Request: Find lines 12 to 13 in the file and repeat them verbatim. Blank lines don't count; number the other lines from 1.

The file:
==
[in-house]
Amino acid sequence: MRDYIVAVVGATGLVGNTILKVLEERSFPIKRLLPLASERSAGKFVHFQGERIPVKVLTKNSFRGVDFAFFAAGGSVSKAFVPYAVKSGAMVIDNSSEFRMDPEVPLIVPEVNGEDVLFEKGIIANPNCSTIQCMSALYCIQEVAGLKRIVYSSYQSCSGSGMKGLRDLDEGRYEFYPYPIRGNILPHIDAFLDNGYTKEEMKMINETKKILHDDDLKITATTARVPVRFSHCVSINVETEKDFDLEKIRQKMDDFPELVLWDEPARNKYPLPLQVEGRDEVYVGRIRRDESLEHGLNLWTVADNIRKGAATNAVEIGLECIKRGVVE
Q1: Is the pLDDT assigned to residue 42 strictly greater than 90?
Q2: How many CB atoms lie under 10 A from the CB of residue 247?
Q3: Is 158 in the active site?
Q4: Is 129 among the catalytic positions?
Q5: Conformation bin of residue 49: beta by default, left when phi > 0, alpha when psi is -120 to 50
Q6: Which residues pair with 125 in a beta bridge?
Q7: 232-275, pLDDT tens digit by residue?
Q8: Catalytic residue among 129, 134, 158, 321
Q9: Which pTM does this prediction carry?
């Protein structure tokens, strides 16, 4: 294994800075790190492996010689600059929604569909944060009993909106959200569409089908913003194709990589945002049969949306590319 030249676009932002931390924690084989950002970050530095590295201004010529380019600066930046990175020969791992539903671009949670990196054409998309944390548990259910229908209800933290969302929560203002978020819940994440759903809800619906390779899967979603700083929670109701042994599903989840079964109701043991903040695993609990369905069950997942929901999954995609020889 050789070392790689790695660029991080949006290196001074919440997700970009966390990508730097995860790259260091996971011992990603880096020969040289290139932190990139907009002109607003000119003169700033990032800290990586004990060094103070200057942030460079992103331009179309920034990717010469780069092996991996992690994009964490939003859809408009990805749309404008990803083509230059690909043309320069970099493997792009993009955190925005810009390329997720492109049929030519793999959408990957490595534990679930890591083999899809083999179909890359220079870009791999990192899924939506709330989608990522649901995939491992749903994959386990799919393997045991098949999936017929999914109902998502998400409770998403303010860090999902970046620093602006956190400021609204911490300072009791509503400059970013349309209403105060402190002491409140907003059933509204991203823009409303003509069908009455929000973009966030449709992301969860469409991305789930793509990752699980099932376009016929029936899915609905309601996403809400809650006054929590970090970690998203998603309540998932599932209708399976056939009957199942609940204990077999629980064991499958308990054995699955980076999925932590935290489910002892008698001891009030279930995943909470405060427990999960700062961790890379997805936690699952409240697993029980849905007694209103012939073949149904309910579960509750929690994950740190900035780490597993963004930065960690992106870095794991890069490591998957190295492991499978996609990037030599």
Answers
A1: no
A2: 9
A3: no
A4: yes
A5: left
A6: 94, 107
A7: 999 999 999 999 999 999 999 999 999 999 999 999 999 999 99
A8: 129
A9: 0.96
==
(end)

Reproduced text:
């Protein structure tokens, strides 16, 4: 294994800075790190492996010689600059929604569909944060009993909106959200569409089908913003194709990589945002049969949306590319 030249676009932002931390924690084989950002970050530095590295201004010529380019600066930046990175020969791992539903671009949670990196054409998309944390548990259910229908209800933290969302929560203002978020819940994440759903809800619906390779899967979603700083929670109701042994599903989840079964109701043991903040695993609990369905069950997942929901999954995609020889 050789070392790689790695660029991080949006290196001074919440997700970009966390990508730097995860790259260091996971011992990603880096020969040289290139932190990139907009002109607003000119003169700033990032800290990586004990060094103070200057942030460079992103331009179309920034990717010469780069092996991996992690994009964490939003859809408009990805749309404008990803083509230059690909043309320069970099493997792009993009955190925005810009390329997720492109049929030519793999959408990957490595534990679930890591083999899809083999179909890359220079870009791999990192899924939506709330989608990522649901995939491992749903994959386990799919393997045991098949999936017929999914109902998502998400409770998403303010860090999902970046620093602006956190400021609204911490300072009791509503400059970013349309209403105060402190002491409140907003059933509204991203823009409303003509069908009455929000973009966030449709992301969860469409991305789930793509990752699980099932376009016929029936899915609905309601996403809400809650006054929590970090970690998203998603309540998932599932209708399976056939009957199942609940204990077999629980064991499958308990054995699955980076999925932590935290489910002892008698001891009030279930995943909470405060427990999960700062961790890379997805936690699952409240697993029980849905007694209103012939073949149904309910579960509750929690994950740190900035780490597993963004930065960690992106870095794991890069490591998957190295492991499978996609990037030599």
Answers